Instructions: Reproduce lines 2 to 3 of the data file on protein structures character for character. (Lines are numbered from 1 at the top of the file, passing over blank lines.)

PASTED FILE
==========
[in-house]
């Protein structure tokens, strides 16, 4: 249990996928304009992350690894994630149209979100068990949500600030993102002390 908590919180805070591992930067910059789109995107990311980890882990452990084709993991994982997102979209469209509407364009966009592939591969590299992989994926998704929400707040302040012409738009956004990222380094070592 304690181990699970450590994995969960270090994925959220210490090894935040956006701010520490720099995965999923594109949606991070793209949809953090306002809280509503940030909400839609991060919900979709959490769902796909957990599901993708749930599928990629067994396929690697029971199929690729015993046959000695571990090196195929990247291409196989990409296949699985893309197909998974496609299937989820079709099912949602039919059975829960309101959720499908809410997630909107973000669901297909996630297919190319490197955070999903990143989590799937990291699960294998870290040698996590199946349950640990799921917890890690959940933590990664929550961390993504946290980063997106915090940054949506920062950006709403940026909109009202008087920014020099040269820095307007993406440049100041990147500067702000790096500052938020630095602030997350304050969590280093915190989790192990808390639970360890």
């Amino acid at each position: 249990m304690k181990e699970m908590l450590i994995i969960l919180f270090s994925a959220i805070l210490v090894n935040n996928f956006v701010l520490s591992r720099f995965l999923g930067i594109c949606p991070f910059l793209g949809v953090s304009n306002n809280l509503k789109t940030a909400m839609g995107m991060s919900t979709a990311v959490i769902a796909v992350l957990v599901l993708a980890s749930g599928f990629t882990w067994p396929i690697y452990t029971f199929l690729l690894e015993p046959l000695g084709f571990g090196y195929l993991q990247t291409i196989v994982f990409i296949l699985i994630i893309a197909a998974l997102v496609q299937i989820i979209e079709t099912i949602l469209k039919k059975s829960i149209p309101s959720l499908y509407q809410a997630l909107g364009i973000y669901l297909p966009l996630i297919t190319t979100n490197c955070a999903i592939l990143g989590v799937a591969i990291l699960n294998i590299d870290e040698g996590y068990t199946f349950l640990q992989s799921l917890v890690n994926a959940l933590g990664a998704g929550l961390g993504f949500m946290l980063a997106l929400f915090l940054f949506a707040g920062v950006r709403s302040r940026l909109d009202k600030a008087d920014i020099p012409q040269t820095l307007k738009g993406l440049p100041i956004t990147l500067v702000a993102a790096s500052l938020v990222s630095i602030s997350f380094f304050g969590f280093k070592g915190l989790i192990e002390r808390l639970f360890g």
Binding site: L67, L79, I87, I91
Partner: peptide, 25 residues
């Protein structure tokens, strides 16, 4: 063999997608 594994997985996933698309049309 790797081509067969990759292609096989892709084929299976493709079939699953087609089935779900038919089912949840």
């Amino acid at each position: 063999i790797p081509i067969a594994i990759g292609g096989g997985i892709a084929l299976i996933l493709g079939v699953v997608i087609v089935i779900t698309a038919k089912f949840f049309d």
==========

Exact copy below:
């Protein structure tokens, strides 16, 4: 249990996928304009992350690894994630149209979100068990949500600030993102002390 908590919180805070591992930067910059789109995107990311980890882990452990084709993991994982997102979209469209509407364009966009592939591969590299992989994926998704929400707040302040012409738009956004990222380094070592 304690181990699970450590994995969960270090994925959220210490090894935040956006701010520490720099995965999923594109949606991070793209949809953090306002809280509503940030909400839609991060919900979709959490769902796909957990599901993708749930599928990629067994396929690697029971199929690729015993046959000695571990090196195929990247291409196989990409296949699985893309197909998974496609299937989820079709099912949602039919059975829960309101959720499908809410997630909107973000669901297909996630297919190319490197955070999903990143989590799937990291699960294998870290040698996590199946349950640990799921917890890690959940933590990664929550961390993504946290980063997106915090940054949506920062950006709403940026909109009202008087920014020099040269820095307007993406440049100041990147500067702000790096500052938020630095602030997350304050969590280093915190989790192990808390639970360890």
């Amino acid at each position: 249990m304690k181990e699970m908590l450590i994995i969960l919180f270090s994925a959220i805070l210490v090894n935040n996928f956006v701010l520490s591992r720099f995965l999923g930067i594109c949606p991070f910059l793209g949809v953090s304009n306002n809280l509503k789109t940030a909400m839609g995107m991060s919900t979709a990311v959490i769902a796909v992350l957990v599901l993708a980890s749930g599928f990629t882990w067994p396929i690697y452990t029971f199929l690729l690894e015993p046959l000695g084709f571990g090196y195929l993991q990247t291409i196989v994982f990409i296949l699985i994630i893309a197909a998974l997102v496609q299937i989820i979209e079709t099912i949602l469209k039919k059975s829960i149209p309101s959720l499908y509407q809410a997630l909107g364009i973000y669901l297909p966009l996630i297919t190319t979100n490197c955070a999903i592939l990143g989590v799937a591969i990291l699960n294998i590299d870290e040698g996590y068990t199946f349950l640990q992989s799921l917890v890690n994926a959940l933590g990664a998704g929550l961390g993504f949500m946290l980063a997106l929400f915090l940054f949506a707040g920062v950006r709403s302040r940026l909109d009202k600030a008087d920014i020099p012409q040269t820095l307007k738009g993406l440049p100041i956004t990147l500067v702000a993102a790096s500052l938020v990222s630095i602030s997350f380094f304050g969590f280093k070592g915190l989790i192990e002390r808390l639970f360890g």